Ever smoked salmon, caviar, veal and foie gras – what’s the story?
There was a time not long ago when to enjoy some of the greatest pleasures of the table meant putting aside good advice about diet and about the ethics of food production. That is if you thought about your food at all before tucking into the amazing range of superbly fresh and well-prepared food available to Londoners and visitors to the city alike, both at home and when dining out.
Not so anymore. Where farmed salmon were once full of half poisonous feedstuffs, now organic farmed salmon enjoys a wholesome diet. Conventionally reared farmed salmon to have a habit of escaping from their cages and mating with their wild cousins, so degrading the quality of the wild fish. Organic farmed salmon do so less. They are stocked at much lower densities per cubic meter of sea-water and so have the more athletic body of their wild cousins – unlike the fat and fatty meat of ordinary farmed salmon.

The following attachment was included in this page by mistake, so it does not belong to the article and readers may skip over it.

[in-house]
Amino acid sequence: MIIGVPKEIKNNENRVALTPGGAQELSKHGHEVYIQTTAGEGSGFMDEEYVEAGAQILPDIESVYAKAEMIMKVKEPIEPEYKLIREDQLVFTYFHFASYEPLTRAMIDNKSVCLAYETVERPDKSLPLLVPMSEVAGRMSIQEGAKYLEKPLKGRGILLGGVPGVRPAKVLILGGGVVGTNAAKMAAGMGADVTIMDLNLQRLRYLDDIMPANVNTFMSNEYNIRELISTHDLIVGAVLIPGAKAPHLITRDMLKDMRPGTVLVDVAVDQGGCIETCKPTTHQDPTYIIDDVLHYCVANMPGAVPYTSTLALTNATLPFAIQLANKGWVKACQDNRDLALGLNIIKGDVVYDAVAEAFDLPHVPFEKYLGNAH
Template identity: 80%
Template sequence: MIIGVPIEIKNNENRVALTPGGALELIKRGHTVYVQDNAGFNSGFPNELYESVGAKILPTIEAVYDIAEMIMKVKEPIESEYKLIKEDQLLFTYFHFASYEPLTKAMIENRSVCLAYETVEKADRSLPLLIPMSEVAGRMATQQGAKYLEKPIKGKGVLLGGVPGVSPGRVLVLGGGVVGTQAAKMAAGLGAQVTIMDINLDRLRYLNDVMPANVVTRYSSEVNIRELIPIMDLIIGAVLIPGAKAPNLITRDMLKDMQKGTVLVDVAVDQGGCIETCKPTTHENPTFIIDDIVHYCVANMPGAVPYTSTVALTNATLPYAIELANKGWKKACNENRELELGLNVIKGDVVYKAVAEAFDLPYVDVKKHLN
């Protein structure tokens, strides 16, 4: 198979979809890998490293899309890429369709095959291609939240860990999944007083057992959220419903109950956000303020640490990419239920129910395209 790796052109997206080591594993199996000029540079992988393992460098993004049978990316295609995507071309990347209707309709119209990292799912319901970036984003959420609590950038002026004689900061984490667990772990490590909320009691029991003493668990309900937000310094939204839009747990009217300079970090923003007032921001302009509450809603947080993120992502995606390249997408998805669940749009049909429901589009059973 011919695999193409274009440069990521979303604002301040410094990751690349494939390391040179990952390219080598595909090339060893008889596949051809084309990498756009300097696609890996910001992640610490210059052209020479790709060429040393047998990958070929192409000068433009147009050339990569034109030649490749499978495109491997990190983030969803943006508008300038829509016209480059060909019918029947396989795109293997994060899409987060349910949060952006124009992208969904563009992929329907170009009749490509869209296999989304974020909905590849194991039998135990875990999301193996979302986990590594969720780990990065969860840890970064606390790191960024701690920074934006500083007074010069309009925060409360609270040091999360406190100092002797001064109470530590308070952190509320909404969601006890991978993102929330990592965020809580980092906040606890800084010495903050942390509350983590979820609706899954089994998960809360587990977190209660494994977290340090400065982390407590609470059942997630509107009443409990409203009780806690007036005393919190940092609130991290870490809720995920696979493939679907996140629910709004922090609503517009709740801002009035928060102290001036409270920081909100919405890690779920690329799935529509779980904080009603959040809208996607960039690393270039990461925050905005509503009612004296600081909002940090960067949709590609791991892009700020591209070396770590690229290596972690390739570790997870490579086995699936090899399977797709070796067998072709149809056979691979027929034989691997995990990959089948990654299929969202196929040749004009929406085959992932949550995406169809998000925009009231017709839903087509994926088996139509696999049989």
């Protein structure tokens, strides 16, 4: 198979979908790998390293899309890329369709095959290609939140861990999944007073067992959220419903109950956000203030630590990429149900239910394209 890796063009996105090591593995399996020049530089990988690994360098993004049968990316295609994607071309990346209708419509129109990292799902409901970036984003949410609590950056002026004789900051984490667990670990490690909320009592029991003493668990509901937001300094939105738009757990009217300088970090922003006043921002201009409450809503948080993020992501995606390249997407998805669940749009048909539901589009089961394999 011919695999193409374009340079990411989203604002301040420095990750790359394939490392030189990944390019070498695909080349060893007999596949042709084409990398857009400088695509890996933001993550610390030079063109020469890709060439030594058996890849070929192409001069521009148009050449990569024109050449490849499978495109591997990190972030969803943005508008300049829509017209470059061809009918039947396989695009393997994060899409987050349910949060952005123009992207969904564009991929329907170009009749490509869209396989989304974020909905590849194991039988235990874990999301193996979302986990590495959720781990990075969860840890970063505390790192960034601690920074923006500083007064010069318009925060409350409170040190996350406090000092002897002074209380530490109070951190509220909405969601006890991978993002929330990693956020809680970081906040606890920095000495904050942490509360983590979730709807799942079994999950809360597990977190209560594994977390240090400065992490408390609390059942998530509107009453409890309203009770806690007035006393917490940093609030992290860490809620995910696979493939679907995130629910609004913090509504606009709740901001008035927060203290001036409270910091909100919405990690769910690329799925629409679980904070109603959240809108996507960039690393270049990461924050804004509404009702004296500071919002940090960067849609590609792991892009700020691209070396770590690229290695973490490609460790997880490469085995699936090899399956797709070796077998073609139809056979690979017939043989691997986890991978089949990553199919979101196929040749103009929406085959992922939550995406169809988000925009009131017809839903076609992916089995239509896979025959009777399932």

Caviar was for a long time a no-no as sturgeon stocks in the Caspian depleted from overfishing. Now, clever fish farmers in France, Italy and elsewhere are producing very acceptable farmed caviar in all our favorite varieties – Beluga, Oscietra and Sevruga. At the same time, caviar marketing has taken a leap forward with a wider range available.
For years, veal, the tender pale meat of young bull calves, was the unacceptable face of meat eating and has been avoided by thinking diners. No longer. Now, we are shocked at the waste in simply slaughtering and disposing of this delicious source of gourmet food. If you have enjoyed rose veal – a pinker shade of meat than the old fashioned white veal bred from crated – in restaurants in Holland and Belgium, then you’ll be able to enjoy the experience now in London’s restaurants, clubs, and hotels.